Supported by notable faculty members such as Martha Minow and Michael Sandel, Thompson was able to develop what was then an interfaculty initiative, originally named the Program in Ethics and the Professions, and broaden it into the research center. Thompson established the senior fellowship program and welcomed a number of distinguished guest lecturers, including Lani Guinier, the Bennett Boskey Professor of Law, who discussed Civil Rights; Henry Louis Gates Jr., the Alphonse Fletcher Jr. University Professor and director of the Hutchins Center, who gave a lecture on “Ethics and Ethnicity” in 1999; and Nobel laureate Amartya Sen, the Thomas W. Lamont University Professor, who discussed social identity in a 2000 address.
In 2009, the leadership of the center was taken over by Lawrence Lessig, the Roy. L Furman Professor of Law and Leadership at Harvard Law School. In line with the mission of his 2016 presidential run, Lessig refocused the center’s research and efforts toward the theme of institutional corruption, pointing at the perversion of incentives structures in politics, but also in medicine, business, and academia.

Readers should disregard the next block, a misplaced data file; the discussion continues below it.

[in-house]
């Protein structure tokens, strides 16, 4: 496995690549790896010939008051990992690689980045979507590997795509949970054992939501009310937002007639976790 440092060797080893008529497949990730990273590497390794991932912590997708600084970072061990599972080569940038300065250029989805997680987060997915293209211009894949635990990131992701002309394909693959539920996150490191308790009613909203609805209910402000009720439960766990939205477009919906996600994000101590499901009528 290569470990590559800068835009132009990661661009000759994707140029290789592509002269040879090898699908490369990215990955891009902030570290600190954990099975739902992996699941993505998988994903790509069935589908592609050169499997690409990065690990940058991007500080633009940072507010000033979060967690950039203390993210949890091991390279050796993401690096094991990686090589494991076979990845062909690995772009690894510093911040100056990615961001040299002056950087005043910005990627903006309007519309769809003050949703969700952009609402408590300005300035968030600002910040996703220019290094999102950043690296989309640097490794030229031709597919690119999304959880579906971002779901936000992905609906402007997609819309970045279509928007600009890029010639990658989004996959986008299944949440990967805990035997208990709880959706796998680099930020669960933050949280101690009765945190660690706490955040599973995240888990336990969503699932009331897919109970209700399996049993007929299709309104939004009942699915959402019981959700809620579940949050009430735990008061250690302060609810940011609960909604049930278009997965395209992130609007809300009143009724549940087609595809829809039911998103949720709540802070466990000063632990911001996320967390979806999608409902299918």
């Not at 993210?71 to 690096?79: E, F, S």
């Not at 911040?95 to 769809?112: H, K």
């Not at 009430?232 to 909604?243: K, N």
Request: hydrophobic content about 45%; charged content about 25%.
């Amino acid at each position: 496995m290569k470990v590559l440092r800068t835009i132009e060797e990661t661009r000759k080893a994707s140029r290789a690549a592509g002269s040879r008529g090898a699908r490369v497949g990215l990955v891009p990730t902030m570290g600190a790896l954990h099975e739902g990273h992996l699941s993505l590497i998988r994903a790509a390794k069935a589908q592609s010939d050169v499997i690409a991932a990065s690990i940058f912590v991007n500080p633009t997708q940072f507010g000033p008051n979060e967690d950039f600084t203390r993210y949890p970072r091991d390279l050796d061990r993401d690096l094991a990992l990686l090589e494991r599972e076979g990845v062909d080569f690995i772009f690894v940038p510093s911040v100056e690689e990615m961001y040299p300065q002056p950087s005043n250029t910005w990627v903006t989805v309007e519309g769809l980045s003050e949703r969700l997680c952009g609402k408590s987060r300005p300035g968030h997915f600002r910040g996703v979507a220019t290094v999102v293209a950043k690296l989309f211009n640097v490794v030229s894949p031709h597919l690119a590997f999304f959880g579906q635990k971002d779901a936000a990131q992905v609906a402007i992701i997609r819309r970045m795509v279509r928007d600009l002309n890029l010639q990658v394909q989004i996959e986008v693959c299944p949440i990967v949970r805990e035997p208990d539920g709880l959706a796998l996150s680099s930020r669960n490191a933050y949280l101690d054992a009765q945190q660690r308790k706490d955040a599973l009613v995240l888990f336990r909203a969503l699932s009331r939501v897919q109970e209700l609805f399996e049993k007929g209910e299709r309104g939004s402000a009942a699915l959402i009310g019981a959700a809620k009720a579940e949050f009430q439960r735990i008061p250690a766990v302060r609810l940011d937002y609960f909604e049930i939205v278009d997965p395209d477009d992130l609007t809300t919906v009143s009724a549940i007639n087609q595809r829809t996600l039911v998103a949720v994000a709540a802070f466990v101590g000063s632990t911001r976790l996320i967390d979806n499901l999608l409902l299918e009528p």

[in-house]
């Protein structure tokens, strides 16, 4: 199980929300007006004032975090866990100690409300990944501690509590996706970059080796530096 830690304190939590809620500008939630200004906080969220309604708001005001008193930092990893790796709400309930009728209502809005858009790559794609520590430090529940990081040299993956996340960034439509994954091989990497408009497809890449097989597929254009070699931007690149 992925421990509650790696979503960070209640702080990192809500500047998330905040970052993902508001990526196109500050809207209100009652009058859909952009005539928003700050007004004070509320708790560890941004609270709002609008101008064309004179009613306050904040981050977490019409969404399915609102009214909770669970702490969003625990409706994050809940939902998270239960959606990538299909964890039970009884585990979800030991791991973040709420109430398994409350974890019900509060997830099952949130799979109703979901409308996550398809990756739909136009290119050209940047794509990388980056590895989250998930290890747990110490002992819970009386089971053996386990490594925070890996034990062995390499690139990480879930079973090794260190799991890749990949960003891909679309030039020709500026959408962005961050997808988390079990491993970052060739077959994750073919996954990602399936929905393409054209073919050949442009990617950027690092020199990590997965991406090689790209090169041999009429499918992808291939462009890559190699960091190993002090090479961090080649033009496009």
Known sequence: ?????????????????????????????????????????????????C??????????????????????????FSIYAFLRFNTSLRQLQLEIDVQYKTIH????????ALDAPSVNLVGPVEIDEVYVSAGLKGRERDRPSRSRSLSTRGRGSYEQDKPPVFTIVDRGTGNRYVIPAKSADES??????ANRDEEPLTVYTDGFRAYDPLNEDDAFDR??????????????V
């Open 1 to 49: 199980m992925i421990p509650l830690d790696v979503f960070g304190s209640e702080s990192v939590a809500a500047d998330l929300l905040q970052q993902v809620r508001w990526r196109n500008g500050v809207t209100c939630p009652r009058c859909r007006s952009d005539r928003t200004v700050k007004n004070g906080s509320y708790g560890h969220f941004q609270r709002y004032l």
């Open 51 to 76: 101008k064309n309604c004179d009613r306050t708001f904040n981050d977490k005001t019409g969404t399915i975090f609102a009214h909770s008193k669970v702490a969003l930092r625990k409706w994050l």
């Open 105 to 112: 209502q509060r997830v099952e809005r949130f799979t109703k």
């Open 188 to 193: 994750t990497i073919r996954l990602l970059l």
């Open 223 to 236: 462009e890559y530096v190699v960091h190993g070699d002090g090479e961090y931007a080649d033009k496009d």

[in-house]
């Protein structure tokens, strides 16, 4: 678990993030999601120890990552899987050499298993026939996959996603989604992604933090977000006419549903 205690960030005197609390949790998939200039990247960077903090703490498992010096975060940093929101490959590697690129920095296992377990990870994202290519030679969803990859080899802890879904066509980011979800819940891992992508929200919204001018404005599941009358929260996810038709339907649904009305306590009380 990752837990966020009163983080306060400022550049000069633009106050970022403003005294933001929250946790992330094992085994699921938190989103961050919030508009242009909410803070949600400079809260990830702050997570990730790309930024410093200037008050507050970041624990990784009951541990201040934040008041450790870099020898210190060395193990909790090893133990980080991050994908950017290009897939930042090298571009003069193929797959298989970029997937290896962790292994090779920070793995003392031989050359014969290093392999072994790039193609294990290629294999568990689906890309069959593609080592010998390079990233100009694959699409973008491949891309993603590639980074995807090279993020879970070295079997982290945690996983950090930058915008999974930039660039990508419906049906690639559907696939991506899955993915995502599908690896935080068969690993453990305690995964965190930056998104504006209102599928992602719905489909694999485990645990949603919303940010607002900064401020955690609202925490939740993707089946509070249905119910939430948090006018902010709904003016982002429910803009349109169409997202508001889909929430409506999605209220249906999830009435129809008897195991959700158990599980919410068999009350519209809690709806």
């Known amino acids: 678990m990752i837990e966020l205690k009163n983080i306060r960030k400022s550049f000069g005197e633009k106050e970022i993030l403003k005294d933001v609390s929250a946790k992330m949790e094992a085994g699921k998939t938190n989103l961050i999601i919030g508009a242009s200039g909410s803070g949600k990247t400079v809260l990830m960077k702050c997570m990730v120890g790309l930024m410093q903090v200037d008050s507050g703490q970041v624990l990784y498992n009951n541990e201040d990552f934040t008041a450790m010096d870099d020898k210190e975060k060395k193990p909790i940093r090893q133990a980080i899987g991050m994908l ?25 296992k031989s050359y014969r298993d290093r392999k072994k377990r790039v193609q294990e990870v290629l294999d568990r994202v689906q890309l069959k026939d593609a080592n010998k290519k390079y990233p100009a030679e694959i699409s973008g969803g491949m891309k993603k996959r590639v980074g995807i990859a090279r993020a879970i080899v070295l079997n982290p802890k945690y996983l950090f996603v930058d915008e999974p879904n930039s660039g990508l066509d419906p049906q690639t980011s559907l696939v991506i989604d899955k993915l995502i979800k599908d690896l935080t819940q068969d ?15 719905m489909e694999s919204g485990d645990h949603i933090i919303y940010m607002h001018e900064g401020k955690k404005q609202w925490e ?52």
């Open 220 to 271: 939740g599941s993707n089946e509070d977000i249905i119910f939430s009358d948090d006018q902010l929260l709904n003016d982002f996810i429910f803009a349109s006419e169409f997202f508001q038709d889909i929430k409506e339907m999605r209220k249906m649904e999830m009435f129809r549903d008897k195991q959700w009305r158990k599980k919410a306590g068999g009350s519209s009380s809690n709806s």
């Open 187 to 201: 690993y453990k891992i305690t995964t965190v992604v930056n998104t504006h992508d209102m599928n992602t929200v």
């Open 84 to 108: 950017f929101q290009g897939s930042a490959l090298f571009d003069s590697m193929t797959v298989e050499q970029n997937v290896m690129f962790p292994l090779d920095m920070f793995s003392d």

Lessig invited an array of speakers ranging from politicians such as former Louisiana Gov. Buddy Roemer and U.S. Rep. Jim Cooper, who offered contrasting visions of how Congress can become more effective, to medical professionals such as Marcia Angell, the first woman to head the New England Journal of Medicine, who lamented the increasingly cozy relationship between doctors and the pharmaceutical industry. In 2013, the center launched a fellowship geared toward undergraduates that brings eight to 10 students together in an interdisciplinary seminar led by Professor Arthur Applbaum, supporting their senior thesis research.